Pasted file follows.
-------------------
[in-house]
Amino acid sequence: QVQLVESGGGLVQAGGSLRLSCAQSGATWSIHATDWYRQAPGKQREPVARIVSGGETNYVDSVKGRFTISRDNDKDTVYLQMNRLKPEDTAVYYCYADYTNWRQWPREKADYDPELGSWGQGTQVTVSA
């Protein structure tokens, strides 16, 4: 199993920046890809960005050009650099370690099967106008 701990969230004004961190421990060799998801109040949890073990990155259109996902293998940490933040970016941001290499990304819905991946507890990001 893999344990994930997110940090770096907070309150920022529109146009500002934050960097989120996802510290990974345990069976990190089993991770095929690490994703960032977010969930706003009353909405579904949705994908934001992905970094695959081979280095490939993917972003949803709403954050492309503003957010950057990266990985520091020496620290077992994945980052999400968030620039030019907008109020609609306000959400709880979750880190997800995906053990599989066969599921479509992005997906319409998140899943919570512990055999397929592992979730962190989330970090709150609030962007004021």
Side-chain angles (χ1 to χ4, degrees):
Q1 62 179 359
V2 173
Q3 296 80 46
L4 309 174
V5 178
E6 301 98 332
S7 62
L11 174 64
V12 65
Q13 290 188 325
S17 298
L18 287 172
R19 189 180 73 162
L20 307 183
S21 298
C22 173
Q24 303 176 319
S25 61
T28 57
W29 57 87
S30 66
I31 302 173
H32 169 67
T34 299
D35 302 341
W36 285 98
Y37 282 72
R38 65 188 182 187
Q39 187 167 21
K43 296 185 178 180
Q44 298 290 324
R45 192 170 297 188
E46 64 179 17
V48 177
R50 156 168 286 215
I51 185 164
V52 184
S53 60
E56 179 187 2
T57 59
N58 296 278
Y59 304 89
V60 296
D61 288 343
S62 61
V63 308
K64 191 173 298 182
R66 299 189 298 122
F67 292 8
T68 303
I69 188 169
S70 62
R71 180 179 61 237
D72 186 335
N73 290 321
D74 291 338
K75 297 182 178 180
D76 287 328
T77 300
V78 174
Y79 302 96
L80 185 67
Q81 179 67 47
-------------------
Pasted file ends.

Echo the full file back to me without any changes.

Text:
[in-house]
Amino acid sequence: QVQLVESGGGLVQAGGSLRLSCAQSGATWSIHATDWYRQAPGKQREPVARIVSGGETNYVDSVKGRFTISRDNDKDTVYLQMNRLKPEDTAVYYCYADYTNWRQWPREKADYDPELGSWGQGTQVTVSA
């Protein structure tokens, strides 16, 4: 199993920046890809960005050009650099370690099967106008 701990969230004004961190421990060799998801109040949890073990990155259109996902293998940490933040970016941001290499990304819905991946507890990001 893999344990994930997110940090770096907070309150920022529109146009500002934050960097989120996802510290990974345990069976990190089993991770095929690490994703960032977010969930706003009353909405579904949705994908934001992905970094695959081979280095490939993917972003949803709403954050492309503003957010950057990266990985520091020496620290077992994945980052999400968030620039030019907008109020609609306000959400709880979750880190997800995906053990599989066969599921479509992005997906319409998140899943919570512990055999397929592992979730962190989330970090709150609030962007004021």
Side-chain angles (χ1 to χ4, degrees):
Q1 62 179 359
V2 173
Q3 296 80 46
L4 309 174
V5 178
E6 301 98 332
S7 62
L11 174 64
V12 65
Q13 290 188 325
S17 298
L18 287 172
R19 189 180 73 162
L20 307 183
S21 298
C22 173
Q24 303 176 319
S25 61
T28 57
W29 57 87
S30 66
I31 302 173
H32 169 67
T34 299
D35 302 341
W36 285 98
Y37 282 72
R38 65 188 182 187
Q39 187 167 21
K43 296 185 178 180
Q44 298 290 324
R45 192 170 297 188
E46 64 179 17
V48 177
R50 156 168 286 215
I51 185 164
V52 184
S53 60
E56 179 187 2
T57 59
N58 296 278
Y59 304 89
V60 296
D61 288 343
S62 61
V63 308
K64 191 173 298 182
R66 299 189 298 122
F67 292 8
T68 303
I69 188 169
S70 62
R71 180 179 61 237
D72 186 335
N73 290 321
D74 291 338
K75 297 182 178 180
D76 287 328
T77 300
V78 174
Y79 302 96
L80 185 67
Q81 179 67 47